He was then thirty-five, handsome and generous, brave as a lion, so clever with arms that no warrior could stand against him. Yet he could dissimulate, worm his way amid conflicting interests, and suddenly seize an unsuspected point. We had served him well when he became governor. Perhaps Karakush suspected his ambition; I knew it, for Saladin confessed it to me one afternoon after dictating letters.

“El Bahi, the wind is stirring the trees,” he said. “Sultan Nureddin—may Allah prolong his years!—is a suspicious old man. Luckily, the Crusaders in Jerusalem are keeping him too busy to molest me. What would happen if I took arms against him?”

“Things unpleasant to you,” I said. I noted that he was playing with a great green stone set in a ring, but at the moment thought nothing of it. He had startled me. “Nureddin is the Commander of the Faithful, head of our religion; also, he has armies. Your emirs and captains swore fealty to him; they obey you because you govern in his name. He can depose you. He can slay you. That is, if he can reach you.”

Saladin grunted. “I had a pigeon this morning. Nureddin orders me to join him with my best troops to lay siege to the Christian city of Karak, their Arabian outpost. This means he wants me under his thumb. I must either obey him or defy him.”

Here was evil news. Nureddin had established a very efficient pigeon-post linking all quarters of the empire. Saladin himself handled the letters that came by pigeon—one day from Damascus, two days from Bagdad. It was like magic! . . . . His reflective eyes dwelt upon the jewel in his hand, then rose to meet mine.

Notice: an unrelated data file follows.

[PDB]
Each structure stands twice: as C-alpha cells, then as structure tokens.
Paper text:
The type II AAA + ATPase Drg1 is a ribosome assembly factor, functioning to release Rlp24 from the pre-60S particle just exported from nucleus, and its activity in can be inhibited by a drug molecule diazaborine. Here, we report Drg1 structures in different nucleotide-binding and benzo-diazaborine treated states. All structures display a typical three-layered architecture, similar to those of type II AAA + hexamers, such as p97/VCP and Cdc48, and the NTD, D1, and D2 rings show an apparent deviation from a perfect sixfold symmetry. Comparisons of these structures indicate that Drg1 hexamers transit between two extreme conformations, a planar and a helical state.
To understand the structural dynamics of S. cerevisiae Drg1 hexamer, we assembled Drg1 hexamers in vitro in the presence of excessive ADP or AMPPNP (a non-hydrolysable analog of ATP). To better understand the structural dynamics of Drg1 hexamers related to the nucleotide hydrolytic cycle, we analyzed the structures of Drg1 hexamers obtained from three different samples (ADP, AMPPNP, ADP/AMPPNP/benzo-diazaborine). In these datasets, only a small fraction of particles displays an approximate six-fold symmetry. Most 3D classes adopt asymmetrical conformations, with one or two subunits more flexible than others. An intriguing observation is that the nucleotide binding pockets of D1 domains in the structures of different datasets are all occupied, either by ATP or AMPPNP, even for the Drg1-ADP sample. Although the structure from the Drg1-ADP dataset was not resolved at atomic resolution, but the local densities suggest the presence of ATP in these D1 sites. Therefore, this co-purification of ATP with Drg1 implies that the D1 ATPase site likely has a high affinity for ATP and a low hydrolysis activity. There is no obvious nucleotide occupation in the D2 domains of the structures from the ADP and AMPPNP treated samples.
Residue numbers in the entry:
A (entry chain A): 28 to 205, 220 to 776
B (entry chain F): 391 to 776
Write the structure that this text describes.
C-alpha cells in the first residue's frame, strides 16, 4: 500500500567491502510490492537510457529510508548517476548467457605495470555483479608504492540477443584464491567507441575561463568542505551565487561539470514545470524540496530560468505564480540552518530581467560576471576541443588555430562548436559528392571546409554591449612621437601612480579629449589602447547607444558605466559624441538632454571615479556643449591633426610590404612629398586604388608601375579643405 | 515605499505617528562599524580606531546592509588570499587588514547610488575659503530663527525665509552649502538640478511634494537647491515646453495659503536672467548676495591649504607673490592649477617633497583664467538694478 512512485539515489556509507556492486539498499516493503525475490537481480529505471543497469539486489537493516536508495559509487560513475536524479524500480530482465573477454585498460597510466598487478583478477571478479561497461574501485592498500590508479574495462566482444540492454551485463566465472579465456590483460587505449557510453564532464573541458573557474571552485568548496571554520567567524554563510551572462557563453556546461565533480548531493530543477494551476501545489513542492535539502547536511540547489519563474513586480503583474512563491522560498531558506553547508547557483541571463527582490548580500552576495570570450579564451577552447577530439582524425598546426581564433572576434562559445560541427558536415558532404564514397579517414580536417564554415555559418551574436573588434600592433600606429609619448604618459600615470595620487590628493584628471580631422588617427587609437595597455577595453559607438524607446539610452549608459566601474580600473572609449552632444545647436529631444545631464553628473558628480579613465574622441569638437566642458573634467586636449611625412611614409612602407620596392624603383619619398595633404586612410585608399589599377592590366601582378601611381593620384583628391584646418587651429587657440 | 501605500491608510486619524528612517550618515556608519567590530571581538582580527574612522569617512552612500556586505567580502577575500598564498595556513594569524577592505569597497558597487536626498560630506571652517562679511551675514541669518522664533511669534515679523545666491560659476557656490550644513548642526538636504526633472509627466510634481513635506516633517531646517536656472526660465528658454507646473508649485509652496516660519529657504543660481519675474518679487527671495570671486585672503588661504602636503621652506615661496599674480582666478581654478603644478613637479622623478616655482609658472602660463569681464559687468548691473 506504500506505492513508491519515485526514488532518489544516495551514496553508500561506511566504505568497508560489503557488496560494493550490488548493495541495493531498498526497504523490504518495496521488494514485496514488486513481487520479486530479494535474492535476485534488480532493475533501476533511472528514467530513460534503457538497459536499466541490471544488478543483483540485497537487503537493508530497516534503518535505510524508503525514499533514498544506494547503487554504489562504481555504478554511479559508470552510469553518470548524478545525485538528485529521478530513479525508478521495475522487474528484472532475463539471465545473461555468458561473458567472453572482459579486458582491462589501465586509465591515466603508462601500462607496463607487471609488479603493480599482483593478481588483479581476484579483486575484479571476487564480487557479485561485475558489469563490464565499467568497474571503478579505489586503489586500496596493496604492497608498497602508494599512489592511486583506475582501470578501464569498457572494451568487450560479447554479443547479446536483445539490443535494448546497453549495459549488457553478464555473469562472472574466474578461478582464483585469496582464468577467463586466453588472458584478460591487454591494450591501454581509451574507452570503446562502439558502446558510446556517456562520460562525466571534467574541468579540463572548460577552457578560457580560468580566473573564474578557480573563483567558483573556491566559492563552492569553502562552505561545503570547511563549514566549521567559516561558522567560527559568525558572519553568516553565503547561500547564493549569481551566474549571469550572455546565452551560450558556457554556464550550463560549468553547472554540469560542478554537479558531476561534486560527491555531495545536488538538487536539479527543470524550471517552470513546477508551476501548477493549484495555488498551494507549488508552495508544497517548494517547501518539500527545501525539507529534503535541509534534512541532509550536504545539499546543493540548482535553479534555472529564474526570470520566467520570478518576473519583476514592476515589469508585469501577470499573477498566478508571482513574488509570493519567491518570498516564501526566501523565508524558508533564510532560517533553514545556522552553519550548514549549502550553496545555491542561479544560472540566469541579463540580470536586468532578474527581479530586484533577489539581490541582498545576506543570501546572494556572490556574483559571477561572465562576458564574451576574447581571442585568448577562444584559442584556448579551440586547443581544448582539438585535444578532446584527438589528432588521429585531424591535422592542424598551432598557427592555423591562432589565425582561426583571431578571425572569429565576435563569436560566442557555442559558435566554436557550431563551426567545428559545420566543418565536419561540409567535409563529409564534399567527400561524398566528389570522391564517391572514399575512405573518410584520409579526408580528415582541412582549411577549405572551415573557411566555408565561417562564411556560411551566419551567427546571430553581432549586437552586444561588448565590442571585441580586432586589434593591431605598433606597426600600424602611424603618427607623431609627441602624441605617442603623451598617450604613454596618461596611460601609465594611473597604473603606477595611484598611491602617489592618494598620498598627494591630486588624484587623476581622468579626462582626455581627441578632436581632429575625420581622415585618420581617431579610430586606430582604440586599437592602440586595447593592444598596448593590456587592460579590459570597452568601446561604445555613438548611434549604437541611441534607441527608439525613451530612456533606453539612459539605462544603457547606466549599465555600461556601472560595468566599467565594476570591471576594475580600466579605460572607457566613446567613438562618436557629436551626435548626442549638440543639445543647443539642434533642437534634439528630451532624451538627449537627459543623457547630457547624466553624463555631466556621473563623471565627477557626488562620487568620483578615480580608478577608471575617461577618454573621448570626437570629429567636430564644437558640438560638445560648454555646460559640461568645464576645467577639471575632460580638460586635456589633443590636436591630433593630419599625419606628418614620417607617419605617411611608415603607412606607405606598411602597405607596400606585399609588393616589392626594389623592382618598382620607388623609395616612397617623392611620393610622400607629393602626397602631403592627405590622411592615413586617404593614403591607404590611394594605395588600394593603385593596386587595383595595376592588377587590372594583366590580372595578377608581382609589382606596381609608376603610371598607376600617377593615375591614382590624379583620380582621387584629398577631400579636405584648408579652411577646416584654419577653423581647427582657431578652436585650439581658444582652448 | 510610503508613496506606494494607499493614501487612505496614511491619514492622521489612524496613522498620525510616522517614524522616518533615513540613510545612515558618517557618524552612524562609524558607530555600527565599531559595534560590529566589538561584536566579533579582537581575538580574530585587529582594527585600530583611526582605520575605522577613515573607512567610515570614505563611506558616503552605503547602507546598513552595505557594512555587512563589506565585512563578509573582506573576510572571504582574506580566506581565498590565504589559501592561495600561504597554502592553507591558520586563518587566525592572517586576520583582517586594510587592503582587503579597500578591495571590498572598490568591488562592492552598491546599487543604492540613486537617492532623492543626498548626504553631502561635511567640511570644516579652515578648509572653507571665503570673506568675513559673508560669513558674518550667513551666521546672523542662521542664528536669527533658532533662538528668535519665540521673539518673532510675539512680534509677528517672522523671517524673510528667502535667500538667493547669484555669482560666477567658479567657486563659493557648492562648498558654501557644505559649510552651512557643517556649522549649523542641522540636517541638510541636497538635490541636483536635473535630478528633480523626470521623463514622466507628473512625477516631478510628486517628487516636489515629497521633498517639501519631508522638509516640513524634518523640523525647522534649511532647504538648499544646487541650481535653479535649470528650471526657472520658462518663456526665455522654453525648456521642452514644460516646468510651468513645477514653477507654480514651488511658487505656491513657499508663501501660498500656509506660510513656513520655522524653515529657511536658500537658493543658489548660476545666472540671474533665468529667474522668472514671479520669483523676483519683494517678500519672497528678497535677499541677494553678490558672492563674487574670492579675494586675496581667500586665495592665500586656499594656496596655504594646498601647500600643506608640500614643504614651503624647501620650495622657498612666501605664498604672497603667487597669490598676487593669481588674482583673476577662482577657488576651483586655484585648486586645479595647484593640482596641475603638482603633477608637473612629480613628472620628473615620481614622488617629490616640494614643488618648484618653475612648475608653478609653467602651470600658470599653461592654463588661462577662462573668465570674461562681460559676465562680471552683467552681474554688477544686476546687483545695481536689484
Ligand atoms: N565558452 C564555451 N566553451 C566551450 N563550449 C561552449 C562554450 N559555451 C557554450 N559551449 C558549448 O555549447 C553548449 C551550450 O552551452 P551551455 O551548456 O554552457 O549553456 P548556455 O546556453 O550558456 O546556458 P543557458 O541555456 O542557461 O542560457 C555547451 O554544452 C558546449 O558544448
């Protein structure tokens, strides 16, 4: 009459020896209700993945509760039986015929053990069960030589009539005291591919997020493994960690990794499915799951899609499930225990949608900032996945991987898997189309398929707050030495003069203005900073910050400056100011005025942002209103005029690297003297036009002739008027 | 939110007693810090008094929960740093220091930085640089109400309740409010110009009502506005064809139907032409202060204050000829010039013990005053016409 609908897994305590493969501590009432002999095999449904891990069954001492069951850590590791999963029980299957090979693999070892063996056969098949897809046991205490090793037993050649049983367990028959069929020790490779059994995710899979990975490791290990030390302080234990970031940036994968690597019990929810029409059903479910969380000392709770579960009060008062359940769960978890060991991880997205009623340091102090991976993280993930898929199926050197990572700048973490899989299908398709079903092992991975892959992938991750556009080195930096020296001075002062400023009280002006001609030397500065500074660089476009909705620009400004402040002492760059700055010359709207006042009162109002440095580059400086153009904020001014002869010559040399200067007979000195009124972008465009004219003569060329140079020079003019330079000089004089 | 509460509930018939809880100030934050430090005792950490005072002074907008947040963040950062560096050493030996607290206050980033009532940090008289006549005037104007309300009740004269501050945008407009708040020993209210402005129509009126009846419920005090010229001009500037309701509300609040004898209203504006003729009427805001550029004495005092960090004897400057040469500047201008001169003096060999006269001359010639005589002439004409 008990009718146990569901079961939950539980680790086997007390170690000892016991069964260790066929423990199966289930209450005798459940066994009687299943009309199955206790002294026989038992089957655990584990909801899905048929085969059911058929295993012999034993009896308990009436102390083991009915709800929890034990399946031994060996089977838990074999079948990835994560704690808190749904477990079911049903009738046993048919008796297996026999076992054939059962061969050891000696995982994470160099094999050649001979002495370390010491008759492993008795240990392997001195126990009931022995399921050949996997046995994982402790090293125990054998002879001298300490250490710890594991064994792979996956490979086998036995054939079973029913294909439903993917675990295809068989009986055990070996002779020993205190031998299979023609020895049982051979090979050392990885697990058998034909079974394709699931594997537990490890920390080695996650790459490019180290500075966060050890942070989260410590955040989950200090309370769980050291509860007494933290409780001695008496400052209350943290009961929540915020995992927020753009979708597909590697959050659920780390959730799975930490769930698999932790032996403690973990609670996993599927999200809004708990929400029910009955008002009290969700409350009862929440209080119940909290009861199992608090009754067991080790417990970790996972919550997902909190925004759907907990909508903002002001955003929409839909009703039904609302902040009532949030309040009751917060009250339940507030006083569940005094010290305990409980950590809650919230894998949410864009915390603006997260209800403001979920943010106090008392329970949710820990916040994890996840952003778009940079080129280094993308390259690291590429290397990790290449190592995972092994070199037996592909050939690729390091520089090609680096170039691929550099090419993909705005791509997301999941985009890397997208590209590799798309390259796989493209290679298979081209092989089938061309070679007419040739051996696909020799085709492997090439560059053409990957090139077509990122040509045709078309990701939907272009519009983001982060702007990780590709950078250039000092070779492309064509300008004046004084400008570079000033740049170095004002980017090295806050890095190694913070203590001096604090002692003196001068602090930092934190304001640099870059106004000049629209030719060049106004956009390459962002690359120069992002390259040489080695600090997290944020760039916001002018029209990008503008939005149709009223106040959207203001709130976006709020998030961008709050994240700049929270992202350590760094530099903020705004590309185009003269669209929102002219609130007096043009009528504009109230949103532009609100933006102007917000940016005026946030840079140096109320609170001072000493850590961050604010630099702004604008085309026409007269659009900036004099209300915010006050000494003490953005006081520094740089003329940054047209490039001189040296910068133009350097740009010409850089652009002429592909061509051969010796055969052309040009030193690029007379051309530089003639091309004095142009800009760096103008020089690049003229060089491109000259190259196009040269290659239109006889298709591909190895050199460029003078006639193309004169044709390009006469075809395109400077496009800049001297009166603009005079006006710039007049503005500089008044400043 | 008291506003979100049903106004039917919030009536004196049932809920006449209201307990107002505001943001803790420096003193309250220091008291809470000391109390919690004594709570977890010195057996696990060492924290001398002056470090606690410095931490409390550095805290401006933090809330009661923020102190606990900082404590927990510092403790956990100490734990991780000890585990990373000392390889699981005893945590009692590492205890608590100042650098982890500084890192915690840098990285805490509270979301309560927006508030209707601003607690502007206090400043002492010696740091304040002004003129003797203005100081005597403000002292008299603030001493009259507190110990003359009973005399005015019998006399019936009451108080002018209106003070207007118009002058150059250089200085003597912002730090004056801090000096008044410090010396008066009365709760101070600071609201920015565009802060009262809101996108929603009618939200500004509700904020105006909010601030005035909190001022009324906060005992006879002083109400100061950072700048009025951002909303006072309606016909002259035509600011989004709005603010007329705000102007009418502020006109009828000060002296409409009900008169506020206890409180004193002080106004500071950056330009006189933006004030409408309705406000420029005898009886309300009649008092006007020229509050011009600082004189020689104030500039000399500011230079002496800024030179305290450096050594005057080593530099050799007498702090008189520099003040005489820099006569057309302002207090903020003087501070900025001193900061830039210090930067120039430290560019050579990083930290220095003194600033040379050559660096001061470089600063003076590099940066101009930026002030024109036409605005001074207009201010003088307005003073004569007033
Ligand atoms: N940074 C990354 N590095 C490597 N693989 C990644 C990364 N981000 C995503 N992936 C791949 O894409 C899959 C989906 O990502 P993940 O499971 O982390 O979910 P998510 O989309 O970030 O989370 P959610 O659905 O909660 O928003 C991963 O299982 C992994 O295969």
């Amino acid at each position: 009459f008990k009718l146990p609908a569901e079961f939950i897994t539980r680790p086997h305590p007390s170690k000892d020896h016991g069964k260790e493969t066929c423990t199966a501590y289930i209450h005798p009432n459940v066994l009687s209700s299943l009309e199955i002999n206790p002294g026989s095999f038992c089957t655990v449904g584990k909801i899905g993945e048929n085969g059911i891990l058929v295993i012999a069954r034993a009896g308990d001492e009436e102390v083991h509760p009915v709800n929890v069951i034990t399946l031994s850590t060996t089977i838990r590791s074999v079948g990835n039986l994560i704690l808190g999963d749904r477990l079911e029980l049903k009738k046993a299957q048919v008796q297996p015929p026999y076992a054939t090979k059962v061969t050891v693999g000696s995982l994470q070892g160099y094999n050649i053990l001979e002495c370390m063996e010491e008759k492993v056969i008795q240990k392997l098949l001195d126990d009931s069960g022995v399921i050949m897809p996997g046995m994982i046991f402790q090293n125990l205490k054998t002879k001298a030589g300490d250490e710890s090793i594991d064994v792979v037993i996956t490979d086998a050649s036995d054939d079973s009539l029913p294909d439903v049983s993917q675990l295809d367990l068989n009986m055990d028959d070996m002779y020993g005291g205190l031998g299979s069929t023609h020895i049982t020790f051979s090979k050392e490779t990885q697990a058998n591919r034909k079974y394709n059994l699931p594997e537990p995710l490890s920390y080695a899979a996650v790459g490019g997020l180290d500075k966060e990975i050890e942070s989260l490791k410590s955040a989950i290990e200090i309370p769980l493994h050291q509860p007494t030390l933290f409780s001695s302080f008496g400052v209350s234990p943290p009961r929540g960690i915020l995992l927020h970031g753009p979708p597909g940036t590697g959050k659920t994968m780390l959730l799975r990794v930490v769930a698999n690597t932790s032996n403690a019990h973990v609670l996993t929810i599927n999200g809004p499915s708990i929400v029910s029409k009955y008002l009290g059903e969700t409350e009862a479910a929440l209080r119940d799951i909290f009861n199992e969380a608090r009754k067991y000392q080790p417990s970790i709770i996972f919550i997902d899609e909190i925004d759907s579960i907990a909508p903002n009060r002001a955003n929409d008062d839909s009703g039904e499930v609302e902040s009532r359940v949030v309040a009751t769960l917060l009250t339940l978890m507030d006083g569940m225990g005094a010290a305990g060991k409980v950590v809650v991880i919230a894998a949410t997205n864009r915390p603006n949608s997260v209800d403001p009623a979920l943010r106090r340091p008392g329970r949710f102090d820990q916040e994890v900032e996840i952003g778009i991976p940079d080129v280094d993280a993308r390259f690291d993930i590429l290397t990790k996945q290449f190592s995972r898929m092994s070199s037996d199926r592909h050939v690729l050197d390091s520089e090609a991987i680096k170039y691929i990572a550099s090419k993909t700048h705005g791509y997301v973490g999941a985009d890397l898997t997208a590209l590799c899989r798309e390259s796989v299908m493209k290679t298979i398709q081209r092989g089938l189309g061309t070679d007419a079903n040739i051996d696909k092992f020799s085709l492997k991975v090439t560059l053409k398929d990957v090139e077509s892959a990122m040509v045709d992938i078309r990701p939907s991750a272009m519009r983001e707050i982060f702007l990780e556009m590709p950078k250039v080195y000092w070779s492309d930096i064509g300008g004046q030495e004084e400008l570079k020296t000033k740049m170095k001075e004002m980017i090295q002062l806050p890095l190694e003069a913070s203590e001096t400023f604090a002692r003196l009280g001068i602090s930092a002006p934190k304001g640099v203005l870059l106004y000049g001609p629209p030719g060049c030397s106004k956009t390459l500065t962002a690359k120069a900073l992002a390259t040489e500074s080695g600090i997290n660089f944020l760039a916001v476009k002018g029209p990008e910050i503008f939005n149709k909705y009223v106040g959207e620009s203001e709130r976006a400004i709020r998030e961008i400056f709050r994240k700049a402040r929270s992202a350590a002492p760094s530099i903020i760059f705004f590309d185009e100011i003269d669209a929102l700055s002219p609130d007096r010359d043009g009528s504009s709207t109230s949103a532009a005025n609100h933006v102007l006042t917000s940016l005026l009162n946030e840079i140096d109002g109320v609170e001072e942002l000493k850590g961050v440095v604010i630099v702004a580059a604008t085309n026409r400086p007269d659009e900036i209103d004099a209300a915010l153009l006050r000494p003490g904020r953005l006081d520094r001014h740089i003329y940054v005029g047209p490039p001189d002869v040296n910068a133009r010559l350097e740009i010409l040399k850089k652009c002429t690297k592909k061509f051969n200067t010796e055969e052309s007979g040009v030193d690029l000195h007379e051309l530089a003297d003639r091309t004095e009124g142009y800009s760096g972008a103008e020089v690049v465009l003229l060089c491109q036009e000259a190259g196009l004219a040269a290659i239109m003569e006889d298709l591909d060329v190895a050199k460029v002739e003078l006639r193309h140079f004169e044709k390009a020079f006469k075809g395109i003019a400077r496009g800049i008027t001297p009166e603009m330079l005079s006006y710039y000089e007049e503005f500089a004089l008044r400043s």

“This is highly secret news,” he went on. “Give me your advice, El Bahi. Egypt is rich and powerful. Karakush is now building a citadel on the hill above the city. I am tempted. Emir El Ghazy is confident that I could defy the Sultan with impunity.”

Here was worse tidings. “El Ghazy is a rogue. He’d love to ruin you. He’s a good soldier but a bad guide.”

“He gave me this emerald,” Saladin said. “An ancient stone found in the palace treasury—one of magic power.”

I clucked my tongue at him and laughed. This angered him.

“Stop evading!” he snapped. “I want advice, not grins.”

“Opinions are prompt, but advice comes best after sleep,” I said. “In the morning, I’ll give what you ask. Let me sleep upon it.”

He nodded, his gaze returning to the emerald, which seemed to fascinate him.

“Very well. A splendid fellow, El Ghazy. He gives jewels like a sultan—jewels that hold angels or devils, I’m not sure which.”

He seemed dreamy and uncertain, and this worried me.

The reason? I got a hint of it that evening when I unburdened myself to Karakush, giving him the whole story. We were accustomed to such confidences; we worked together for mutual protection, highly necessary in a palace crammed with intrigue and treachery. He liked me, and I had great respect for his brains. More than once we had managed affairs behind the curtains and effected great issues.

Chewing at his eternal sweetmeats, which never put any fat on his belly, the gaunt eunuch eyed me sardonically but said nothing till I had finished.

“Our heads are very loose on our shoulders, El Bahi,” he grunted abruptly. “Emir El Ghazy, may Allah blast him, is a clever fellow, a spy for Sultan Nureddin. Unless we can get our master Saladin out of this tight pinch, we’ll be in a tighter one ourselves.”